The article is “Inflammatory Markers in Schizophrenia: Comparing Antipsychotic Effects in Phase 1 of the Clinical Antipsychotic Trials of Intervention Effectiveness Study” by Jonathan M. Meyer, Joseph P. McEvoy, Vicki G. Davis, Donald C. Goff, Henry A. Nasrallah, Sonia M. Davis, John K. Hsiao, Marvin S. Swartz, T. Scott Stroup, and Jeffrey A. Lieberman. The authors affiliations are as follows: From the Department of Psychiatry (JMM), University of California at San Diego; VA San Diego Healthcare System (JMM), San Diego, California; Department of Psychiatry (JPM), Behavioral Sciences, Duke University, Clinical Research, John Umstead Hospital, Butner; Department of Biostatistics (VGD), Collaborative Studies Coordinating Center; Department of Psychiatry (TSS), University of North Carolina at Chapel Hill, Chapel Hill; Department of Psychiatry (MSS), Behavioral Sciences, Duke University Medical Center, Durham; Quintiles (SMD), Morrisville, North Carolina; Department of Psychiatry (DCG), Harvard University, Schizophrenia Program; General Hospital (DCG), Freedom Trail Clinic—Lindemann, Mental Health Center, Boston, Massachusetts; Neuroscience (HAN), University of Cincinnati, Cincinnati, Ohio; Adult Psychopharmacology Program (JKH), Division of Services and Interventions Research, National Institute of Mental Health, Bethesda, Maryland; and the Department of Psychiatry (JAL), Columbia University, Psychiatric Institute, New York, New York.
The article appears in Biological Psychiatry, Volume 66, Issue 11 (December 1, 2009), published by Elsevier.
The authors’ disclosures of financial and conflicts of interests are available in the article.
John H. Krystal, M.D. is Chairman of the Department of Psychiatry at the Yale University School of Medicine and a research psychiatrist at the VA Connecticut Healthcare System. His disclosures of financial and conflicts of interests are available at http://journals.elsevierhealth.com/webfiles/images/journals/bps/Biological_Psychiatry_Editorial_Disclosures_08_01_09.pdf.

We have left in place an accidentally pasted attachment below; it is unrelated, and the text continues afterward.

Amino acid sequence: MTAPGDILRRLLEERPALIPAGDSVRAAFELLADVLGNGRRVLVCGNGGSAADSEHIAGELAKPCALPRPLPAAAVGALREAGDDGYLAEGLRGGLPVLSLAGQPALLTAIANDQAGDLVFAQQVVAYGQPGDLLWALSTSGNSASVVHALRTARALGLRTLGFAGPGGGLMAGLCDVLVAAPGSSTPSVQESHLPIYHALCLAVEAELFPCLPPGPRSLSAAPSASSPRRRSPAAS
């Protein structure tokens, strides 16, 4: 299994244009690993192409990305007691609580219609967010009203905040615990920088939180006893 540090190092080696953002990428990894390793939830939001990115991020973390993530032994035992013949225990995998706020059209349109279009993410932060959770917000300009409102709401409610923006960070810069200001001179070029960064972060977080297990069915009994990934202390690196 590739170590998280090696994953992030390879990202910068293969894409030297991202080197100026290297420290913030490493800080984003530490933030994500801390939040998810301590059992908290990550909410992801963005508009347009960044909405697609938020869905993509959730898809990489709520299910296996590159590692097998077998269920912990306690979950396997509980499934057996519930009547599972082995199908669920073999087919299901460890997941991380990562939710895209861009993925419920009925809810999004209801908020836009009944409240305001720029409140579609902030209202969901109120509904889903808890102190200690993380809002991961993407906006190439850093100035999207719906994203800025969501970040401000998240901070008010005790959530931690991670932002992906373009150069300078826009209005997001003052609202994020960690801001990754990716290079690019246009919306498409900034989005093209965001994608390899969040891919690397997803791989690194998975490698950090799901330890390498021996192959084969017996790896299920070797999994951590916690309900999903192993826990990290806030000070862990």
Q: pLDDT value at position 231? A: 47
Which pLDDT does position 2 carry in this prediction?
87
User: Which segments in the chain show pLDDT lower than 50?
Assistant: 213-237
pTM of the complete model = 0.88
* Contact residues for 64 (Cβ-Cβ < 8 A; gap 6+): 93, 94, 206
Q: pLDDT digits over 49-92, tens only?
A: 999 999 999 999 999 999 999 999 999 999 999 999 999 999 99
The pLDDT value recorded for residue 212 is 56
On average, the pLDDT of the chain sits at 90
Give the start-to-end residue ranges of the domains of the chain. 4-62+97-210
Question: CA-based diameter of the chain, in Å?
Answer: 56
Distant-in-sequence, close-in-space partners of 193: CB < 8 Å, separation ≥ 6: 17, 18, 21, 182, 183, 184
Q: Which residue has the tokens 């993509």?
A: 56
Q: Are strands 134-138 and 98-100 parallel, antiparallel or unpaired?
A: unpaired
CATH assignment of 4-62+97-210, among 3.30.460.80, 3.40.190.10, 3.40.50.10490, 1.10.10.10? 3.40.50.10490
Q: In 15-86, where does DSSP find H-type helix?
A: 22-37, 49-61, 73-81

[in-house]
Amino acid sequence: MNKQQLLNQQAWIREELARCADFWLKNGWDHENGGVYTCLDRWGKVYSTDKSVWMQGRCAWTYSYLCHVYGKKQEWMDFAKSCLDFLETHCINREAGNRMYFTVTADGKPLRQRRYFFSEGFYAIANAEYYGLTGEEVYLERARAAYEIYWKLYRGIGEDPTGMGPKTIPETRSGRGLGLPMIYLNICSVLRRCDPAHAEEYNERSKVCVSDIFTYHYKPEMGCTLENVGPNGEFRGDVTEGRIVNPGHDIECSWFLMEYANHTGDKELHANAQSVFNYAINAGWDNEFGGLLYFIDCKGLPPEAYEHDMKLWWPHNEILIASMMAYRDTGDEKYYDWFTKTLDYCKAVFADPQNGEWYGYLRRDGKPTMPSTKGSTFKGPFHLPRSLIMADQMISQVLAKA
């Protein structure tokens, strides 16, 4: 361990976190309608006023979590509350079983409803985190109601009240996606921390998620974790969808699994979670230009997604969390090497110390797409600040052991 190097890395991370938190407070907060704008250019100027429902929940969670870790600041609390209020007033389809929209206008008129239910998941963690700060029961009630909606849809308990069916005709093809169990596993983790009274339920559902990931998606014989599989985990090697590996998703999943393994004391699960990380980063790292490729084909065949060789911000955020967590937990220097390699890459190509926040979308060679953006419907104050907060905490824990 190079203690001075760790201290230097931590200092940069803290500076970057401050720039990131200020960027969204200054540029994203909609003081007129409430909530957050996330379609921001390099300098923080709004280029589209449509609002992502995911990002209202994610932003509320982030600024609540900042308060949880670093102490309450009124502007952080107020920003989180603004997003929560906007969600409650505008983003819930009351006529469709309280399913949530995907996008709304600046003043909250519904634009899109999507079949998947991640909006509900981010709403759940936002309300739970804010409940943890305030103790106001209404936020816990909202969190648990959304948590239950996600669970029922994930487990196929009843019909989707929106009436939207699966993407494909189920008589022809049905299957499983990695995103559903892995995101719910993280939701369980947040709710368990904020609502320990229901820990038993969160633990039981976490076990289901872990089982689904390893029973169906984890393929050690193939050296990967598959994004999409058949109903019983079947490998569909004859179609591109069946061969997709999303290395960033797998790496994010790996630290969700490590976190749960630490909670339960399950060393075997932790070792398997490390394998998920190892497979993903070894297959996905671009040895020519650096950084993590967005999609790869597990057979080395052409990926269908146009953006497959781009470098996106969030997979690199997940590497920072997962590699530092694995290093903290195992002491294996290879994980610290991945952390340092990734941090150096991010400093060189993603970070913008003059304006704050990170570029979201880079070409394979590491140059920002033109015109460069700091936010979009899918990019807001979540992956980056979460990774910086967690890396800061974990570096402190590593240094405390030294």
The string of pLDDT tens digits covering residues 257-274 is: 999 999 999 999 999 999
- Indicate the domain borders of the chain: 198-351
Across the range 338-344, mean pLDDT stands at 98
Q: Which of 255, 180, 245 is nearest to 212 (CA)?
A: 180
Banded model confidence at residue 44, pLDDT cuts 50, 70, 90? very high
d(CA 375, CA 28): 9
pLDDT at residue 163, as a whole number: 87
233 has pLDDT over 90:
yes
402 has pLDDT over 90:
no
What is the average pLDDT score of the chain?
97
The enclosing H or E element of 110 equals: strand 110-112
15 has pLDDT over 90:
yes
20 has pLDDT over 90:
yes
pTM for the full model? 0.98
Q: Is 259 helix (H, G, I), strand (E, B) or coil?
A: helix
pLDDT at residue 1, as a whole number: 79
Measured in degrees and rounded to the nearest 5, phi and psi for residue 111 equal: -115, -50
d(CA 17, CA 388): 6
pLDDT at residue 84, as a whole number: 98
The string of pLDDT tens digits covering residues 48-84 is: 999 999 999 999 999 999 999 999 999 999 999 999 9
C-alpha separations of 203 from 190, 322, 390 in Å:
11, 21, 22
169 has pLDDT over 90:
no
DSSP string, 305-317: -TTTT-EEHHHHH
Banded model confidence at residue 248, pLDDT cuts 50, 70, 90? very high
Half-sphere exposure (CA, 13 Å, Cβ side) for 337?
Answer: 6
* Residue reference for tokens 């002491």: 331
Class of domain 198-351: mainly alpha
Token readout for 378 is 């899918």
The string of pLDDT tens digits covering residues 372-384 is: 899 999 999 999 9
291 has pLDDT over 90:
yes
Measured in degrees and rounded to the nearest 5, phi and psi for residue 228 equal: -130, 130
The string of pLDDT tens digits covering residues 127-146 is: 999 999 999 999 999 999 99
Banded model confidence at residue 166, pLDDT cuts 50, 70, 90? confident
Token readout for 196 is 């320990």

Full text of the article mentioned above is available upon request. Contact Jayne M. Dawkins at firstname.lastname@example.org to obtain a copy or to schedule an interview.
About Biological Psychiatry
This international rapid-publication journal is the official journal of the Society of Biological Psychiatry. It covers a broad range of topics in psychiatric neuroscience and therapeutics. Both basic and clinical contributions are encouraged from all disciplines and research areas relevant to the pathophysiology and treatment of major neuropsychiatric disorders. Full-length and Brief Reports of novel results, Commentaries, Case Studies of unusual significance, and Correspondence and Comments judged to be of high impact to the field are published, particularly those addressing genetic and environmental risk factors, neural circuitry and neurochemistry, and important new therapeutic approaches. Concise Reviews and Editorials that focus on topics of current research and interest are also published rapidly.